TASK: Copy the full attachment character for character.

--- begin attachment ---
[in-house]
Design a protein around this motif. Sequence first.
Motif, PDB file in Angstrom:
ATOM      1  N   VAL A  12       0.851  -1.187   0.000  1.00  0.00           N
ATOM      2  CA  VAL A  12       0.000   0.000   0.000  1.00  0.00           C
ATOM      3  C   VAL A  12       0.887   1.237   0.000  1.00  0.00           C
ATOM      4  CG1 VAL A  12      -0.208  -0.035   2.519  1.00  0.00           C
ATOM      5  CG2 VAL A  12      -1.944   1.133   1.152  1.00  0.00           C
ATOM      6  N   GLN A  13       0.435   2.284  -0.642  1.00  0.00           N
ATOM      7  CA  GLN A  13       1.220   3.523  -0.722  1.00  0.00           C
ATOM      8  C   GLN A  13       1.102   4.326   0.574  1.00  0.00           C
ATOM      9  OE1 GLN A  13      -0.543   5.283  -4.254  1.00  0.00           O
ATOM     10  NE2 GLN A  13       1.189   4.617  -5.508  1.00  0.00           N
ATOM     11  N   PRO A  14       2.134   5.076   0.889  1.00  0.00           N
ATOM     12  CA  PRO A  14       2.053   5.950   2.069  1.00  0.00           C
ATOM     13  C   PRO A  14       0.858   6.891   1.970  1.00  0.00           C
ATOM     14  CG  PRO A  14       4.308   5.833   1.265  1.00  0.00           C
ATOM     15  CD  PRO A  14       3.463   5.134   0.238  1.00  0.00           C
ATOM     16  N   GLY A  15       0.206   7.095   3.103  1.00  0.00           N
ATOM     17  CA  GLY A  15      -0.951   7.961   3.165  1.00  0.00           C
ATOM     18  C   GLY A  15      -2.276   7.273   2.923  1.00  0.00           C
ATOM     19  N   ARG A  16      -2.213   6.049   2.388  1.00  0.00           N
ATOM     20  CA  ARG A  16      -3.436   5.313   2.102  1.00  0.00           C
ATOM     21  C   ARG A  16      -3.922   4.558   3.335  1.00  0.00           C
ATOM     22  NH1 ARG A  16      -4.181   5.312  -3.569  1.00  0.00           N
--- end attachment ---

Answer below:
[in-house]
Design a protein around this motif. Sequence first.
Motif, PDB file in Angstrom:
ATOM      1  N   VAL A  12       0.851  -1.187   0.000  1.00  0.00           N
ATOM      2  CA  VAL A  12       0.000   0.000   0.000  1.00  0.00           C
ATOM      3  C   VAL A  12       0.887   1.237   0.000  1.00  0.00           C
ATOM      4  CG1 VAL A  12      -0.208  -0.035   2.519  1.00  0.00           C
ATOM      5  CG2 VAL A  12      -1.944   1.133   1.152  1.00  0.00           C
ATOM      6  N   GLN A  13       0.435   2.284  -0.642  1.00  0.00           N
ATOM      7  CA  GLN A  13       1.220   3.523  -0.722  1.00  0.00           C
ATOM      8  C   GLN A  13       1.102   4.326   0.574  1.00  0.00           C
ATOM      9  OE1 GLN A  13      -0.543   5.283  -4.254  1.00  0.00           O
ATOM     10  NE2 GLN A  13       1.189   4.617  -5.508  1.00  0.00           N
ATOM     11  N   PRO A  14       2.134   5.076   0.889  1.00  0.00           N
ATOM     12  CA  PRO A  14       2.053   5.950   2.069  1.00  0.00           C
ATOM     13  C   PRO A  14       0.858   6.891   1.970  1.00  0.00           C
ATOM     14  CG  PRO A  14       4.308   5.833   1.265  1.00  0.00           C
ATOM     15  CD  PRO A  14       3.463   5.134   0.238  1.00  0.00           C
ATOM     16  N   GLY A  15       0.206   7.095   3.103  1.00  0.00           N
ATOM     17  CA  GLY A  15      -0.951   7.961   3.165  1.00  0.00           C
ATOM     18  C   GLY A  15      -2.276   7.273   2.923  1.00  0.00           C
ATOM     19  N   ARG A  16      -2.213   6.049   2.388  1.00  0.00           N
ATOM     20  CA  ARG A  16      -3.436   5.313   2.102  1.00  0.00           C
ATOM     21  C   ARG A  16      -3.922   4.558   3.335  1.00  0.00           C
ATOM     22  NH1 ARG A  16      -4.181   5.312  -3.569  1.00  0.00           N